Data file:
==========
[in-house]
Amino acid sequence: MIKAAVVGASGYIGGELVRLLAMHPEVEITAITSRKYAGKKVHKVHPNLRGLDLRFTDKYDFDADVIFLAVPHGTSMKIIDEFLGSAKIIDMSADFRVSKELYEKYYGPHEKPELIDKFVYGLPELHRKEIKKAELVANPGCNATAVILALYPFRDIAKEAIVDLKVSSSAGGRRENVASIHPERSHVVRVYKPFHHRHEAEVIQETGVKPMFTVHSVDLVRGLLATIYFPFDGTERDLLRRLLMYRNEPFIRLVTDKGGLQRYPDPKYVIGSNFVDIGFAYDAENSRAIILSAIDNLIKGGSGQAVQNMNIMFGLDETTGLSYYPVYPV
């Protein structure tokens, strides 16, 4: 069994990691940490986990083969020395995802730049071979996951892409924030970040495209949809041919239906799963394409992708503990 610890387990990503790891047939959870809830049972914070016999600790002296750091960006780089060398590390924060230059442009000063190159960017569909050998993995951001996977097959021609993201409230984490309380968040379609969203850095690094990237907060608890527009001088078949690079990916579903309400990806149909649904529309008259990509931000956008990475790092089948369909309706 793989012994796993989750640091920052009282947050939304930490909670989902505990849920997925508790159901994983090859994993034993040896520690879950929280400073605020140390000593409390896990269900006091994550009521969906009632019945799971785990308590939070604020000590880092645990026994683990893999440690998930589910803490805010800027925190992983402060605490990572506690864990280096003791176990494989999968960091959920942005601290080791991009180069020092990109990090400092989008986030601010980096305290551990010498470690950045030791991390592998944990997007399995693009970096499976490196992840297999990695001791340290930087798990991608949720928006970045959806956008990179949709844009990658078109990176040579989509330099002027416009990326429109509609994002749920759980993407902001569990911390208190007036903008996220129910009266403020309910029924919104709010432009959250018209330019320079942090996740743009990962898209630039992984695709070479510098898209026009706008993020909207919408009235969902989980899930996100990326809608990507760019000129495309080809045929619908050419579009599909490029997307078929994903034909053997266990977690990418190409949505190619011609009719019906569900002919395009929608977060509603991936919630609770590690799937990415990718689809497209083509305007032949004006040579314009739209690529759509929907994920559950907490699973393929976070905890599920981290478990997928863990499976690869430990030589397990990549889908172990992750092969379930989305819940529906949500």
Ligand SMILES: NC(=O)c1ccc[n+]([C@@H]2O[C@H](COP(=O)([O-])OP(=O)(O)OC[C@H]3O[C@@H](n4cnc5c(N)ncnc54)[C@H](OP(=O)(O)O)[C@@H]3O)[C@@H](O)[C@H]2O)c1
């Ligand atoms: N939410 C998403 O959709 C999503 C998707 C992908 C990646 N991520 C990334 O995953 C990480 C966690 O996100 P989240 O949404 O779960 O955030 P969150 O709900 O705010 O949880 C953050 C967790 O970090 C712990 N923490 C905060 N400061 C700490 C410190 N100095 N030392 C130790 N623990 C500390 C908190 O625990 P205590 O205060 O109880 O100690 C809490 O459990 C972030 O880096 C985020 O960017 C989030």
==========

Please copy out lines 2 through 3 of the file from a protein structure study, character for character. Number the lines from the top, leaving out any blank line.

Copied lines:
Amino acid sequence: MIKAAVVGASGYIGGELVRLLAMHPEVEITAITSRKYAGKKVHKVHPNLRGLDLRFTDKYDFDADVIFLAVPHGTSMKIIDEFLGSAKIIDMSADFRVSKELYEKYYGPHEKPELIDKFVYGLPELHRKEIKKAELVANPGCNATAVILALYPFRDIAKEAIVDLKVSSSAGGRRENVASIHPERSHVVRVYKPFHHRHEAEVIQETGVKPMFTVHSVDLVRGLLATIYFPFDGTERDLLRRLLMYRNEPFIRLVTDKGGLQRYPDPKYVIGSNFVDIGFAYDAENSRAIILSAIDNLIKGGSGQAVQNMNIMFGLDETTGLSYYPVYPV
């Protein structure tokens, strides 16, 4: 069994990691940490986990083969020395995802730049071979996951892409924030970040495209949809041919239906799963394409992708503990 610890387990990503790891047939959870809830049972914070016999600790002296750091960006780089060398590390924060230059442009000063190159960017569909050998993995951001996977097959021609993201409230984490309380968040379609969203850095690094990237907060608890527009001088078949690079990916579903309400990806149909649904529309008259990509931000956008990475790092089948369909309706 793989012994796993989750640091920052009282947050939304930490909670989902505990849920997925508790159901994983090859994993034993040896520690879950929280400073605020140390000593409390896990269900006091994550009521969906009632019945799971785990308590939070604020000590880092645990026994683990893999440690998930589910803490805010800027925190992983402060605490990572506690864990280096003791176990494989999968960091959920942005601290080791991009180069020092990109990090400092989008986030601010980096305290551990010498470690950045030791991390592998944990997007399995693009970096499976490196992840297999990695001791340290930087798990991608949720928006970045959806956008990179949709844009990658078109990176040579989509330099002027416009990326429109509609994002749920759980993407902001569990911390208190007036903008996220129910009266403020309910029924919104709010432009959250018209330019320079942090996740743009990962898209630039992984695709070479510098898209026009706008993020909207919408009235969902989980899930996100990326809608990507760019000129495309080809045929619908050419579009599909490029997307078929994903034909053997266990977690990418190409949505190619011609009719019906569900002919395009929608977060509603991936919630609770590690799937990415990718689809497209083509305007032949004006040579314009739209690529759509929907994920559950907490699973393929976070905890599920981290478990997928863990499976690869430990030589397990990549889908172990992750092969379930989305819940529906949500």